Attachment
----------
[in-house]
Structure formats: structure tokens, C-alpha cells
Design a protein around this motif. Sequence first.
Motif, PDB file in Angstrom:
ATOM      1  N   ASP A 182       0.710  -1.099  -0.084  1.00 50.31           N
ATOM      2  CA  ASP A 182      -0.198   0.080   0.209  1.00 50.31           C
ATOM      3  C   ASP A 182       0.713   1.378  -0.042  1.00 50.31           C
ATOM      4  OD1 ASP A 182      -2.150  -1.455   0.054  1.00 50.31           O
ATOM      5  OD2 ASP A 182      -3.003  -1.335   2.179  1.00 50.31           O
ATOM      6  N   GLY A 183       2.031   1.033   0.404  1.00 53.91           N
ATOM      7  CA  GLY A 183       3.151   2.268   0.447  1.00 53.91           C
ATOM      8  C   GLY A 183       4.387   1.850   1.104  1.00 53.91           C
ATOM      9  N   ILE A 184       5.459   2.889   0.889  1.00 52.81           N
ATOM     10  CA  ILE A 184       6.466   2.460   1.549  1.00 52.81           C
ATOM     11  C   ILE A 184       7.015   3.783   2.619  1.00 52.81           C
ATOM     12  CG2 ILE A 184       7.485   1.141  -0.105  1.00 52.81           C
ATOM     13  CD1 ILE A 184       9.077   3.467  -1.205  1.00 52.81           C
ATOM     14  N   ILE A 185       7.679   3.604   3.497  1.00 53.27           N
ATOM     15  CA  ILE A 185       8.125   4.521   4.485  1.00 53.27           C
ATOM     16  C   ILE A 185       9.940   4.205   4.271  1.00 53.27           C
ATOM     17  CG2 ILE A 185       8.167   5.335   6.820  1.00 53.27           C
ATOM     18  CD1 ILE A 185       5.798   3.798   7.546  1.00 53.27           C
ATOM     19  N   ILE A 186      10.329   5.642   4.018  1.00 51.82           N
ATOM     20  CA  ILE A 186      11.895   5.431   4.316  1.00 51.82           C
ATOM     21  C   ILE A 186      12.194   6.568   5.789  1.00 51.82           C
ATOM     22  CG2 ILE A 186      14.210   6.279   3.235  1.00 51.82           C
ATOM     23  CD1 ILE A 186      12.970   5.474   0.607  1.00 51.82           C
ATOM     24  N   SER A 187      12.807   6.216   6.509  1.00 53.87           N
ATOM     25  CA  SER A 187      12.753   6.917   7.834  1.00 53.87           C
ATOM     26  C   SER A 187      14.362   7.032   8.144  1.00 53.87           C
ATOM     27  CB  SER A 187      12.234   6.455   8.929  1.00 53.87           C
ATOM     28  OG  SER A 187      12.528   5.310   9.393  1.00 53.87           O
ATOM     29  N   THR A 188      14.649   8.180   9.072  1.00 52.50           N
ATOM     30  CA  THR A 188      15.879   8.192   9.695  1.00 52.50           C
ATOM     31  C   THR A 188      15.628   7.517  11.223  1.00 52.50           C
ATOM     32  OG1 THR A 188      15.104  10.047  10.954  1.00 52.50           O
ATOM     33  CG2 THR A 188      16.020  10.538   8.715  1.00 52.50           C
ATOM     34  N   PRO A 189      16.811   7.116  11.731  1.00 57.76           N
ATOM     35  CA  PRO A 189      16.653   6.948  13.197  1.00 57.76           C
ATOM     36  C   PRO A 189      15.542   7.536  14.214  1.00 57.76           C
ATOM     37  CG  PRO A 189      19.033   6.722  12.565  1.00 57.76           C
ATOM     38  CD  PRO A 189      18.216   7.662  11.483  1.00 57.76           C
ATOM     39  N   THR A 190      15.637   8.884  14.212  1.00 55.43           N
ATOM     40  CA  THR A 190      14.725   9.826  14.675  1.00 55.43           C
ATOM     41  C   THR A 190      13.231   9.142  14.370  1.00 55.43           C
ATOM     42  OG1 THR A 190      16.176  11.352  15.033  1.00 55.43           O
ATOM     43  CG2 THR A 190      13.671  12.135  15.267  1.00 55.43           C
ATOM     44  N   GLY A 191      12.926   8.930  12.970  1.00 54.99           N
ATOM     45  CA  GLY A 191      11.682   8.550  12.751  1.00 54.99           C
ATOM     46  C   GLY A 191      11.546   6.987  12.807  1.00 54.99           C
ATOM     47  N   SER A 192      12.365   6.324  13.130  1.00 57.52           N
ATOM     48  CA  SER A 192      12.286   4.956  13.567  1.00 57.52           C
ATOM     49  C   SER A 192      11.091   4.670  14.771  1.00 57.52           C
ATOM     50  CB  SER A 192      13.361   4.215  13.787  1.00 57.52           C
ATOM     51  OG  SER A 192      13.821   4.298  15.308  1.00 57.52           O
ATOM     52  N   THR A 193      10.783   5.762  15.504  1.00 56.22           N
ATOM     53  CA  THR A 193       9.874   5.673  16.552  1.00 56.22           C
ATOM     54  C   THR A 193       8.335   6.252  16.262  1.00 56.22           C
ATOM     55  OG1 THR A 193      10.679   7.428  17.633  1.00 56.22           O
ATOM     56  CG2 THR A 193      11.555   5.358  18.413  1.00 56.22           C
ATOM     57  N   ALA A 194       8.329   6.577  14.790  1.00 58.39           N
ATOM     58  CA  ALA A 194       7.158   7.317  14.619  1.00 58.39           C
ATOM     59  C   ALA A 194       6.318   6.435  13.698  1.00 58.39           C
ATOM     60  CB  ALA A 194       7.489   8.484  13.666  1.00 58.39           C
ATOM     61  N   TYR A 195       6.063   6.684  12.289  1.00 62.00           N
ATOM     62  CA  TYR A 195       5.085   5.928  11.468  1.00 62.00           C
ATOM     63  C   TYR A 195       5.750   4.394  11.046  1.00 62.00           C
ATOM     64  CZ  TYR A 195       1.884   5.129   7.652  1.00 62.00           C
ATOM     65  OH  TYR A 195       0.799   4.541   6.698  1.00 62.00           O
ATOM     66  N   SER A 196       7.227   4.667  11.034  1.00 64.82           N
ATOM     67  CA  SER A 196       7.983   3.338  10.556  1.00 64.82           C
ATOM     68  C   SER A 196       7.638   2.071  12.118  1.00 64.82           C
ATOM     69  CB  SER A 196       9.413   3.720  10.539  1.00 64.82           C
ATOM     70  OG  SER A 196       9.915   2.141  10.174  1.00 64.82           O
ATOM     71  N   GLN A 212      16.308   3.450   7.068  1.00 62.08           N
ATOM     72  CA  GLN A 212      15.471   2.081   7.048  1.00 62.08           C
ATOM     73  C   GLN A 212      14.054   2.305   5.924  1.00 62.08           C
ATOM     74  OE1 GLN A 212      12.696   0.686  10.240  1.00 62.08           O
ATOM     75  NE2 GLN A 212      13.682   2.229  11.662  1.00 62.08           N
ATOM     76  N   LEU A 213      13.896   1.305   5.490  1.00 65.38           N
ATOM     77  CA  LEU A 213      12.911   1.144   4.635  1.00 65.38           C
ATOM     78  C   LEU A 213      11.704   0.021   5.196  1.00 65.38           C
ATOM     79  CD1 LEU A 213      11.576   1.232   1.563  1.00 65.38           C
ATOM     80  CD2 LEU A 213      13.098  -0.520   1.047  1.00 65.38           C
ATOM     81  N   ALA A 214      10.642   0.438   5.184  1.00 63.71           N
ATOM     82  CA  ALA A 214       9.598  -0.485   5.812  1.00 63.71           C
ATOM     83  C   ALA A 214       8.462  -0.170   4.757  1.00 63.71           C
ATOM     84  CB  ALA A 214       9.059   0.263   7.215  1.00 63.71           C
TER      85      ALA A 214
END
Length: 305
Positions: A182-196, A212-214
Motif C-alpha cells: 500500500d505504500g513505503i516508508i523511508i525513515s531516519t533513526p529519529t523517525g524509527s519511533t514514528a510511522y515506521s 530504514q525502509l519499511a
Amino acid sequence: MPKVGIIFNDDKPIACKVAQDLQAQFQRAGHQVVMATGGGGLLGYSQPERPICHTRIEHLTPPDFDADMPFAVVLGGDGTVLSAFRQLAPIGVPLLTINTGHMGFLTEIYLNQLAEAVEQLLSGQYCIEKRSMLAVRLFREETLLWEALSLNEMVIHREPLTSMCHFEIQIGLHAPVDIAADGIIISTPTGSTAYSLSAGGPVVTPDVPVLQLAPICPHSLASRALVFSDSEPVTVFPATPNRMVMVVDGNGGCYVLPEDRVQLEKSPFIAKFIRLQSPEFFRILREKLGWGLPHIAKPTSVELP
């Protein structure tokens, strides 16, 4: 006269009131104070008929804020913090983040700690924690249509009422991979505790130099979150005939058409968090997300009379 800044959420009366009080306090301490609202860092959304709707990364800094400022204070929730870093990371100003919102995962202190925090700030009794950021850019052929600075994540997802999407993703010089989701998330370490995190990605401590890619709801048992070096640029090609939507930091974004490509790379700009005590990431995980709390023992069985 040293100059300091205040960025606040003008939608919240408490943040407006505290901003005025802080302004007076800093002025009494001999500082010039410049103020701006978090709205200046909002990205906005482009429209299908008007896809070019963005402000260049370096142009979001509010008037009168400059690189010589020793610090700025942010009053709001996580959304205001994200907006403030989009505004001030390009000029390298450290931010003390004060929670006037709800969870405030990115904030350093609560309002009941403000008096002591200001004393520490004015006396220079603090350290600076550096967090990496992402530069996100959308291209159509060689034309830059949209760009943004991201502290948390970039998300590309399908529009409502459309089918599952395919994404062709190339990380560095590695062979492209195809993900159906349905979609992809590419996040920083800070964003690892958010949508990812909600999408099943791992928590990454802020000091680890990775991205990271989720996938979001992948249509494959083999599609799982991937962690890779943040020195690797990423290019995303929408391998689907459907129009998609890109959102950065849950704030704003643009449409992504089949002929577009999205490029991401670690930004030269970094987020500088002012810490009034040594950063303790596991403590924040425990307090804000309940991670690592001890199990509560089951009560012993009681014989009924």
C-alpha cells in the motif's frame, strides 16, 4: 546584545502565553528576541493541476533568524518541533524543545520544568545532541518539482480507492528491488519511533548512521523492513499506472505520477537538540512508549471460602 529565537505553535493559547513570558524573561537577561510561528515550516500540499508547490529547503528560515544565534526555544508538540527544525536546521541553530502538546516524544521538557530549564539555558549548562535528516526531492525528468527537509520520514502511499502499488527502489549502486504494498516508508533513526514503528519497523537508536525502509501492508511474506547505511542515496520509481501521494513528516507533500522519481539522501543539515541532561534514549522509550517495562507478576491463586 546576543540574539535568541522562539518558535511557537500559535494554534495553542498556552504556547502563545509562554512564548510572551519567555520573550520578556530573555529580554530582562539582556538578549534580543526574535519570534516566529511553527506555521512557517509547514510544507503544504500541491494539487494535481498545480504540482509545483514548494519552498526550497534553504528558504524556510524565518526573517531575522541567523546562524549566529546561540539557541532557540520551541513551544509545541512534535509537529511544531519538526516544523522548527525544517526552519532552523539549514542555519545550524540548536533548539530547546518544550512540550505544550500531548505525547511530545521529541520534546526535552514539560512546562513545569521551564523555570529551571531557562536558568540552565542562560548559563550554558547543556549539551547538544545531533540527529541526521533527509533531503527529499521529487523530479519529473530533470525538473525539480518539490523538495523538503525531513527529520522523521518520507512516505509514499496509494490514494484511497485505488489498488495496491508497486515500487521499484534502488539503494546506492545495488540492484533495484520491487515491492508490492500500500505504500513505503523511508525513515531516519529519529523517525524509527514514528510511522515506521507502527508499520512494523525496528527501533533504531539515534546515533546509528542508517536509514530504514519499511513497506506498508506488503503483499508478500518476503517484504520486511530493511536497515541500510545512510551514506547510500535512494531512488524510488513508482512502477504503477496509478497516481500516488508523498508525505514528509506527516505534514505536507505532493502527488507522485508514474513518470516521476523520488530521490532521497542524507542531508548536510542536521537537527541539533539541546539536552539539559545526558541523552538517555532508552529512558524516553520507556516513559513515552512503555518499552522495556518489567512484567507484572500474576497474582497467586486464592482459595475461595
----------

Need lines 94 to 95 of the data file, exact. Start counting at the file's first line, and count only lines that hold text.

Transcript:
Amino acid sequence: MPKVGIIFNDDKPIACKVAQDLQAQFQRAGHQVVMATGGGGLLGYSQPERPICHTRIEHLTPPDFDADMPFAVVLGGDGTVLSAFRQLAPIGVPLLTINTGHMGFLTEIYLNQLAEAVEQLLSGQYCIEKRSMLAVRLFREETLLWEALSLNEMVIHREPLTSMCHFEIQIGLHAPVDIAADGIIISTPTGSTAYSLSAGGPVVTPDVPVLQLAPICPHSLASRALVFSDSEPVTVFPATPNRMVMVVDGNGGCYVLPEDRVQLEKSPFIAKFIRLQSPEFFRILREKLGWGLPHIAKPTSVELP
């Protein structure tokens, strides 16, 4: 006269009131104070008929804020913090983040700690924690249509009422991979505790130099979150005939058409968090997300009379 800044959420009366009080306090301490609202860092959304709707990364800094400022204070929730870093990371100003919102995962202190925090700030009794950021850019052929600075994540997802999407993703010089989701998330370490995190990605401590890619709801048992070096640029090609939507930091974004490509790379700009005590990431995980709390023992069985 040293100059300091205040960025606040003008939608919240408490943040407006505290901003005025802080302004007076800093002025009494001999500082010039410049103020701006978090709205200046909002990205906005482009429209299908008007896809070019963005402000260049370096142009979001509010008037009168400059690189010589020793610090700025942010009053709001996580959304205001994200907006403030989009505004001030390009000029390298450290931010003390004060929670006037709800969870405030990115904030350093609560309002009941403000008096002591200001004393520490004015006396220079603090350290600076550096967090990496992402530069996100959308291209159509060689034309830059949209760009943004991201502290948390970039998300590309399908529009409502459309089918599952395919994404062709190339990380560095590695062979492209195809993900159906349905979609992809590419996040920083800070964003690892958010949508990812909600999408099943791992928590990454802020000091680890990775991205990271989720996938979001992948249509494959083999599609799982991937962690890779943040020195690797990423290019995303929408391998689907459907129009998609890109959102950065849950704030704003643009449409992504089949002929577009999205490029991401670690930004030269970094987020500088002012810490009034040594950063303790596991403590924040425990307090804000309940991670690592001890199990509560089951009560012993009681014989009924």